Brave is a new Disney Pixar movie that highlights the trials and tribulations of Scottish teenager Merida, who is nearly forced into marriage by her mother, Queen Elinor.
Does this sound like a movie for children to you?
I’d argue that it is and it isn’t, but the complexity of this movie really makes it reachable for all ages. I am a twenty-something American female, and I connected with Merida for a lot of reasons: she is headstrong, competent, excellent at a task that in her culture is generally reserved for men (archery), and wants to live her life the way she sees is right. This is a 21st century girl caught in a medieval world, and she is not understood by anyone until the end of the movie, but that’s the point. It is about being yourself and not letting anyone tell you otherwise…possibly, or very likely, to your detriment, but knowing in the end that you preserved the thing that makes you you.
That being said, some ideas along these lines may not be suitable for young children, who for the most part, cannot possibly understand what that really means (side note: this is a good thing! Let kids be kids!). I’ve heard a story or two of children picking up some of Merida’s headstrong characteristics, for example, applying her arguments against why she does not want to get married to why they do not want to eat their broccoli. Heads up, complainers: that’s what parenting is for! Have meaningful conversations with your children about subjects like these, and no they won’t get it at five years old, but at fifteen, they certainly will. In the mean time, please laugh your ass off when they act like something they’ve seen, and discipline where appropriate if it gets out of hand.
So, one of the big points of this movie is the conflict between mother and daughter. I have noticed that older women with children tend to side with the mother, and younger, childless women (like me) tend to side with Merida. The conflict is this: the Queen has, for all of Merida’s life, been preparing her to be a proper lady, a princess, and a future Queen. In turn, Merida has been a willful child, learning all of these things but pursuing her own path. What they fail to realize is that Merida is EXACTLY like her mother. The Queen basically rules the roost and does things her way. She is competent at what she does, and as a result, their kingdom appears to be prosperous and happy. Unfortunately, she has come to believe and act like her way is the only way, or only right way. This results in her criticizing every move that Merida makes, constantly picking at the girl. Wouldn’t you flip if someone acted this way towards you for years and years? I know I would. Ultimately, the film is also about familial obligations and responsibility, and that is what the Queen was trying to teach her daughter…and what went so terribly wrong.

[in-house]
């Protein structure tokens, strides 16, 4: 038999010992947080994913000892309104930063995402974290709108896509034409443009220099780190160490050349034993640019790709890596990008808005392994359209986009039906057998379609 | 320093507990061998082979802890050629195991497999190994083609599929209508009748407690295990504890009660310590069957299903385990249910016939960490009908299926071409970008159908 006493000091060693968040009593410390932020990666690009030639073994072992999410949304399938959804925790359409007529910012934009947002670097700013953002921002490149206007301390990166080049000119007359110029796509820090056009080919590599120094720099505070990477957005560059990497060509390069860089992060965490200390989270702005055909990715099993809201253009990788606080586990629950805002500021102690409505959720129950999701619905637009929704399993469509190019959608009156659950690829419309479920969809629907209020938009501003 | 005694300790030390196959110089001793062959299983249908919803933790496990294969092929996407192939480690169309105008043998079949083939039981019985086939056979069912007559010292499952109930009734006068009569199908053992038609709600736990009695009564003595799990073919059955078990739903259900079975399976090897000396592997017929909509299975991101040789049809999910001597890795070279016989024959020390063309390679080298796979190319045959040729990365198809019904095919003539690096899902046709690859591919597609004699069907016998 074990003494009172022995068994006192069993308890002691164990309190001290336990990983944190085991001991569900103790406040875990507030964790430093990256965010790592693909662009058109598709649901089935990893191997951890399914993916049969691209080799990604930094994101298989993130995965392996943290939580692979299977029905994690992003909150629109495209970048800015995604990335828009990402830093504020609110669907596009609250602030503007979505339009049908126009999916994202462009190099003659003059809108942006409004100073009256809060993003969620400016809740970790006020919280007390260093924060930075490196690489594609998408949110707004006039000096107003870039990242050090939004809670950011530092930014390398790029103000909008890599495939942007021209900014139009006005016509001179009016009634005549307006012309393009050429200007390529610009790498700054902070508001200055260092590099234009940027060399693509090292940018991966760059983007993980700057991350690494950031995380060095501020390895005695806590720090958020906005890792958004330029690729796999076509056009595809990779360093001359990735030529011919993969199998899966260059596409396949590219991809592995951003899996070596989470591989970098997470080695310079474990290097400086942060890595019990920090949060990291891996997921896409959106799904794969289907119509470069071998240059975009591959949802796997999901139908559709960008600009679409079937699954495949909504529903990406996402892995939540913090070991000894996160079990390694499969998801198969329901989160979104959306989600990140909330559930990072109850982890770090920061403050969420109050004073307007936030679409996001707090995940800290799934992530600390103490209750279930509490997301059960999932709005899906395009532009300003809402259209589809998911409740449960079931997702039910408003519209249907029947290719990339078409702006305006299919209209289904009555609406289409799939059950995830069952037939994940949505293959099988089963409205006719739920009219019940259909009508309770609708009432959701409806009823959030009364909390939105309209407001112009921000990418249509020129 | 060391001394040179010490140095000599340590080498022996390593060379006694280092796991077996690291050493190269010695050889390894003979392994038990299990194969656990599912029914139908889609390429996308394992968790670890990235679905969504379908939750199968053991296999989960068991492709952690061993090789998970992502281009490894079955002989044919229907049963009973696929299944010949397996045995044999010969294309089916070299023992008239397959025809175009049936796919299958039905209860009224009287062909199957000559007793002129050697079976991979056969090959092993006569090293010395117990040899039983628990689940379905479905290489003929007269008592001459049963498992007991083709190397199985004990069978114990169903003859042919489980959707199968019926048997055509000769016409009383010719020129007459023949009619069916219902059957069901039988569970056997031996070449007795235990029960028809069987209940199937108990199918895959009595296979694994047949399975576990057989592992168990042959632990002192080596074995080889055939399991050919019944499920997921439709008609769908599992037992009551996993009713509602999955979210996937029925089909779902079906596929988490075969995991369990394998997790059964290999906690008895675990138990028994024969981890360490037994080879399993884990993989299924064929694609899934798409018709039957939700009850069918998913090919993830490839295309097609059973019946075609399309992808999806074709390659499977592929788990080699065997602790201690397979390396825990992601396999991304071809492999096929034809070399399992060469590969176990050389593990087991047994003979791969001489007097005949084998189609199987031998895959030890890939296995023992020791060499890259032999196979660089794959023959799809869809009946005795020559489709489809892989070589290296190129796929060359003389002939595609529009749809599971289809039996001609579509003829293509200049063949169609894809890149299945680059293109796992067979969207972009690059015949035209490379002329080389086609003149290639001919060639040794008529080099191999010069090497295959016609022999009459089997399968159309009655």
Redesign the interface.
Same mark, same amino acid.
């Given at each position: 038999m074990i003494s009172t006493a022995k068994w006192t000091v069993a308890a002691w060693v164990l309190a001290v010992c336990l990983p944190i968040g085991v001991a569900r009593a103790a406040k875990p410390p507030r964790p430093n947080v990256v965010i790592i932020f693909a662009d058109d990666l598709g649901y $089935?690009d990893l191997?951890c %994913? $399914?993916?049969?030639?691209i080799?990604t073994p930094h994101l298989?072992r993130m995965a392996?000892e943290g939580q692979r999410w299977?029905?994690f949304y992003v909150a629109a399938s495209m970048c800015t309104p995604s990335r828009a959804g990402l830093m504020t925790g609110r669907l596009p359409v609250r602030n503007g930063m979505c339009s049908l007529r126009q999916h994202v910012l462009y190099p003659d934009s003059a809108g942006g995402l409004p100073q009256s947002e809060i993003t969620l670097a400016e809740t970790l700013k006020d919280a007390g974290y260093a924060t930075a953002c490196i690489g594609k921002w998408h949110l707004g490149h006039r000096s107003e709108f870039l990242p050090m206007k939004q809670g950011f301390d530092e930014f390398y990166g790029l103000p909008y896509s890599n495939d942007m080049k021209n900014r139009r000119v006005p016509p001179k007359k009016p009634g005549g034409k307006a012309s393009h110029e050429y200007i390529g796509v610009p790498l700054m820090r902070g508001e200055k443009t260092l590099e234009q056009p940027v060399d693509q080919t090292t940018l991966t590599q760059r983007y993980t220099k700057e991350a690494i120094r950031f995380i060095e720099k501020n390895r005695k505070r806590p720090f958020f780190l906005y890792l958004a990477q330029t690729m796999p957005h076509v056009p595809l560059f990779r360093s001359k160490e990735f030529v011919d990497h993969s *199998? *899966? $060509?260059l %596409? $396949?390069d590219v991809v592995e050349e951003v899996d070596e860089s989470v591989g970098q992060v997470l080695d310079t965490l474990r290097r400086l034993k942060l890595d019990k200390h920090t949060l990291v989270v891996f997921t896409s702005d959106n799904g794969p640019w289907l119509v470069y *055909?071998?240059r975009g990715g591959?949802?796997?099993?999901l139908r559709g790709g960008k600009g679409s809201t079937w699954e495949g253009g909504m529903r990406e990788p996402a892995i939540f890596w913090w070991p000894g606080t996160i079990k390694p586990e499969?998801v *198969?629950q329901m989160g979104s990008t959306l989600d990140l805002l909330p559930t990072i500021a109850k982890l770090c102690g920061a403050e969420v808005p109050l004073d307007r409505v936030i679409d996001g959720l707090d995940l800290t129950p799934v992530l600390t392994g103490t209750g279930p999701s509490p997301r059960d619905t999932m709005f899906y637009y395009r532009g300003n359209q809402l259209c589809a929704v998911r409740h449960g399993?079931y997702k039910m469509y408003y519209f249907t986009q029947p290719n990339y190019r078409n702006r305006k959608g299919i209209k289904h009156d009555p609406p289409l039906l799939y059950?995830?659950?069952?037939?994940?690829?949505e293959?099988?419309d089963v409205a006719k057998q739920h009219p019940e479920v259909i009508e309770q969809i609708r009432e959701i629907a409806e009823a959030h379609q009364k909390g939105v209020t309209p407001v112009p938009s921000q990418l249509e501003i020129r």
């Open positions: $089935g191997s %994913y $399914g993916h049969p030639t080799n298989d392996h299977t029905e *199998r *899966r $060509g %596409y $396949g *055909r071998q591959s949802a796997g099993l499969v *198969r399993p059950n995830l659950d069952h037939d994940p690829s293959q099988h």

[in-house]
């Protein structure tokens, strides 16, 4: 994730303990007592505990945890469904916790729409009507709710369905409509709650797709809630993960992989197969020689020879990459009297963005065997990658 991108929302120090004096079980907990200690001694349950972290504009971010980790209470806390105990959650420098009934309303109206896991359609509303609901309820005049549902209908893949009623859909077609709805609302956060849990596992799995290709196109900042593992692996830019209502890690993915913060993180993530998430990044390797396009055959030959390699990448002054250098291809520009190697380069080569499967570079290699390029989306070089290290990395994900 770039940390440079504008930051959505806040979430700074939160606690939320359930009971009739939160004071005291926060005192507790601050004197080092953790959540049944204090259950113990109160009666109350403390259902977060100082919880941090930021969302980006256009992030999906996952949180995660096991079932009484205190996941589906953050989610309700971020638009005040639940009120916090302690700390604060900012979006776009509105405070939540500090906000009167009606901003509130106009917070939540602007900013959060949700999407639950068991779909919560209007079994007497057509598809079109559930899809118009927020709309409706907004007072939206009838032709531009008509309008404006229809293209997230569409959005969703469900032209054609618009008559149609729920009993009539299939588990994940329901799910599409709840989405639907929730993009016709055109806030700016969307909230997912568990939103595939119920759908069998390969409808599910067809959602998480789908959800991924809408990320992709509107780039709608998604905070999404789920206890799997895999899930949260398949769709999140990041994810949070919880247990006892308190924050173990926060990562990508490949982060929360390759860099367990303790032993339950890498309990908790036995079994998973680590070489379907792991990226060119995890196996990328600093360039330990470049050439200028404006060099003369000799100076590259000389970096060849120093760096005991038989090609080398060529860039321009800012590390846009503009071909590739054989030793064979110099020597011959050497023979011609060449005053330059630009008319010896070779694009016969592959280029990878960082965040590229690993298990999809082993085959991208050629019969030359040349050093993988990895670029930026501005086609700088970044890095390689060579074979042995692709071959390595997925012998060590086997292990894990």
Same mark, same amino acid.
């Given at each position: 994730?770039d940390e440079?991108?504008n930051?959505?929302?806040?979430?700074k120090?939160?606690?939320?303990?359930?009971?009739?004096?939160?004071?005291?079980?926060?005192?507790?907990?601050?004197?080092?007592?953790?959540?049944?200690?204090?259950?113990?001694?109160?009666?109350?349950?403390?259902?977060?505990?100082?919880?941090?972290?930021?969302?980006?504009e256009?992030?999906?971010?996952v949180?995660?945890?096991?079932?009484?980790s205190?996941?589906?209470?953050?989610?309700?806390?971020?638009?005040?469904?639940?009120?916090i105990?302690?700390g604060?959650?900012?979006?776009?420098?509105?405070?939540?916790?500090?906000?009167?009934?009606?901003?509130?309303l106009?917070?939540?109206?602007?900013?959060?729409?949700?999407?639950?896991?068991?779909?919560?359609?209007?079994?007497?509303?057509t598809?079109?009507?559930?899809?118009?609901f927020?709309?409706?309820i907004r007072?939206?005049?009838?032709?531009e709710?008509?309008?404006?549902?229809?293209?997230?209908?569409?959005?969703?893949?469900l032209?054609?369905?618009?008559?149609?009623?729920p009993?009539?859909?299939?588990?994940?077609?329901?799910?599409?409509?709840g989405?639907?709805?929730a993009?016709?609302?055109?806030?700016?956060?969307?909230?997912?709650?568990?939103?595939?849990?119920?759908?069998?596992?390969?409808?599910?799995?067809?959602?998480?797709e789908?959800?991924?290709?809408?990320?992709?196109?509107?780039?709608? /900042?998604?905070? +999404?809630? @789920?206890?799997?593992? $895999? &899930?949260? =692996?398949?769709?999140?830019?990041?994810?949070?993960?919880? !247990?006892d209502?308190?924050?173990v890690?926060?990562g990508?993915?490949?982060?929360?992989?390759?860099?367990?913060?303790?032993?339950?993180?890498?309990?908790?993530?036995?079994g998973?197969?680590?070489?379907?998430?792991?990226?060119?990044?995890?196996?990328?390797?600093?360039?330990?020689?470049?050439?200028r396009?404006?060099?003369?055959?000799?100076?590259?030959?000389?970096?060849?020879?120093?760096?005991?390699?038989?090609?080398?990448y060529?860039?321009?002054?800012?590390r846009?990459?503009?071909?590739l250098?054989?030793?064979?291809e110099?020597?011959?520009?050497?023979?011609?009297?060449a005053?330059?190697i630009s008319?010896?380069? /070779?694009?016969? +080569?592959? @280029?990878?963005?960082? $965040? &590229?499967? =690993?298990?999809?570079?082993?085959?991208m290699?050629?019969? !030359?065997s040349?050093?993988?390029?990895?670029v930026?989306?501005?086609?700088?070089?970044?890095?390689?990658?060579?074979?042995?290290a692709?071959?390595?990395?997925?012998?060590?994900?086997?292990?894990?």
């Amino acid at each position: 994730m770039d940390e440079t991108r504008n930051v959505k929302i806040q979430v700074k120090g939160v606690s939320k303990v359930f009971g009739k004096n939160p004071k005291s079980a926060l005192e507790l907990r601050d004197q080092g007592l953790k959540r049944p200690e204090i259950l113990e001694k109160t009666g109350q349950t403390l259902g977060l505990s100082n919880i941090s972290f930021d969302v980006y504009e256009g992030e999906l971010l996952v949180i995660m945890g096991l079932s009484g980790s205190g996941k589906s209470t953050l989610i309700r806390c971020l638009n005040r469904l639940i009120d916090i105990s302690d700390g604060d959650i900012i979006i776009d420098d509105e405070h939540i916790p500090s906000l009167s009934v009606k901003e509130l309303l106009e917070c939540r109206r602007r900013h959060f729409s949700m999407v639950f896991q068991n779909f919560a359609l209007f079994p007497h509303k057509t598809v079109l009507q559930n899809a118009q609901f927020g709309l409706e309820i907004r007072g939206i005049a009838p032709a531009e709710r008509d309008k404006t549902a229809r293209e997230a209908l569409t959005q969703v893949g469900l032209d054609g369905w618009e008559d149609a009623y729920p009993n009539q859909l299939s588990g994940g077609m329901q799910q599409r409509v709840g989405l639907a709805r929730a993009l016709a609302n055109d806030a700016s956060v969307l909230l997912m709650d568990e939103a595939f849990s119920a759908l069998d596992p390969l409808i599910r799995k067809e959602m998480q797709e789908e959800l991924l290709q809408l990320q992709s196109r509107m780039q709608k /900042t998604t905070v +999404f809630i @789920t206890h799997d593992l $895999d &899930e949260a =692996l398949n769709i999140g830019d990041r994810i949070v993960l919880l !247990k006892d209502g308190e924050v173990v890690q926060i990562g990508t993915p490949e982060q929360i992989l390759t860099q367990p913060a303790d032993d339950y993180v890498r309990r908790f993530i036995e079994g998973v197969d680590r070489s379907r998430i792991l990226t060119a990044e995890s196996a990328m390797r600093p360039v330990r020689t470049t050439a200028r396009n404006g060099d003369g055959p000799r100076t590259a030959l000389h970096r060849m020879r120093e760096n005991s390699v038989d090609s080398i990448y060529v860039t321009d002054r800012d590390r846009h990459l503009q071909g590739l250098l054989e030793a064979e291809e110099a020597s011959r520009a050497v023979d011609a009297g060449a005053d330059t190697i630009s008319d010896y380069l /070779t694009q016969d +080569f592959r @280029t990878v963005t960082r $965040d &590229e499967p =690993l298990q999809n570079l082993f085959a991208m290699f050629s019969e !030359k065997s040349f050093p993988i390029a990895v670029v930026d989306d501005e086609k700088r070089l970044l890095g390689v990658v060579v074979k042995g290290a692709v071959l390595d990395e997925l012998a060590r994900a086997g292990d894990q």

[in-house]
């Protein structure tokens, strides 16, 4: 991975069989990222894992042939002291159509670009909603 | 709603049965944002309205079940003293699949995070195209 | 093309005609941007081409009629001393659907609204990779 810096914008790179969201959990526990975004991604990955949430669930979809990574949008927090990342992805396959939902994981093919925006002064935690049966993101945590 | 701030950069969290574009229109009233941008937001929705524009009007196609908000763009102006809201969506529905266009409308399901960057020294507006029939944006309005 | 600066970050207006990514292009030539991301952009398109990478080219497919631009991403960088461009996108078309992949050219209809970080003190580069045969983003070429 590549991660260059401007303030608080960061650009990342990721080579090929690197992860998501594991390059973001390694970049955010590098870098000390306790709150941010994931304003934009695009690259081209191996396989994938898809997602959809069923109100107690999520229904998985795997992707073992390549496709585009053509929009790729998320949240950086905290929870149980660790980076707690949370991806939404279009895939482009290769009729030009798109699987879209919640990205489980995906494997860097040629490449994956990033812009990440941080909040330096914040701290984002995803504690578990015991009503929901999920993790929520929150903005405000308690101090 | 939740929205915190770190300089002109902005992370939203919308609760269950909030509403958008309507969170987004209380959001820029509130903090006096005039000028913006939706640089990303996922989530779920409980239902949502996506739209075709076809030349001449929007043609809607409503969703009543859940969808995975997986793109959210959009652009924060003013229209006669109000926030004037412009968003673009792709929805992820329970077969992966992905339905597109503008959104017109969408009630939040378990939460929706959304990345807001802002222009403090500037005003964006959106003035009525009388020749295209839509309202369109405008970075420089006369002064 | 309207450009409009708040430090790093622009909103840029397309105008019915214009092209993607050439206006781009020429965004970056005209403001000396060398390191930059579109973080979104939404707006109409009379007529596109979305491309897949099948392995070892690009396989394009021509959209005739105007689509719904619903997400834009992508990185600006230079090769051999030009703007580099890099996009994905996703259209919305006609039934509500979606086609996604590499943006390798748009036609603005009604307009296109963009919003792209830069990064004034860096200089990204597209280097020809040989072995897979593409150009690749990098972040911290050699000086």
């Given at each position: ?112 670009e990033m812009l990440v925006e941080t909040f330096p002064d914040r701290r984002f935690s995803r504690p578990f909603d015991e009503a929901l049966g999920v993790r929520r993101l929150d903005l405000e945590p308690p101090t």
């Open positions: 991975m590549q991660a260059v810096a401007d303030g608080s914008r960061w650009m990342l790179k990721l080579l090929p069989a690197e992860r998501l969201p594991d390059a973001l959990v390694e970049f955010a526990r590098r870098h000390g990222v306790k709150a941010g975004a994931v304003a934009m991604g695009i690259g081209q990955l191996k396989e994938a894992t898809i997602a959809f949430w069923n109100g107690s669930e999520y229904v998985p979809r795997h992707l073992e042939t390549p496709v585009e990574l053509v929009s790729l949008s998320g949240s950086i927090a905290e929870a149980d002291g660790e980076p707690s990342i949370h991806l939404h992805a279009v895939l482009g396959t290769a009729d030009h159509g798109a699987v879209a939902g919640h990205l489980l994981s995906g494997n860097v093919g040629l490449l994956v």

In this story, both sides are right, and both sides are wrong. Eventually they come to see this, but of course not until mayhem, terror, and a little bit of hilarity ensue. This movie is surprising in that it has some actually scary moments, because they are some serious near misses concerning characters’ lives, and while I know things would end well (because, uh, it’s Disney!), I still had to wonder if some truly bad things were going to happen. Disney movies with threat of impending mortal peril have always been my favorite. This is why Sleeping Beauty is one of my favorites. I mean, come on, Maleficent is already terrifying…and then she turns into a dragon! A FREAKING DRAGON!!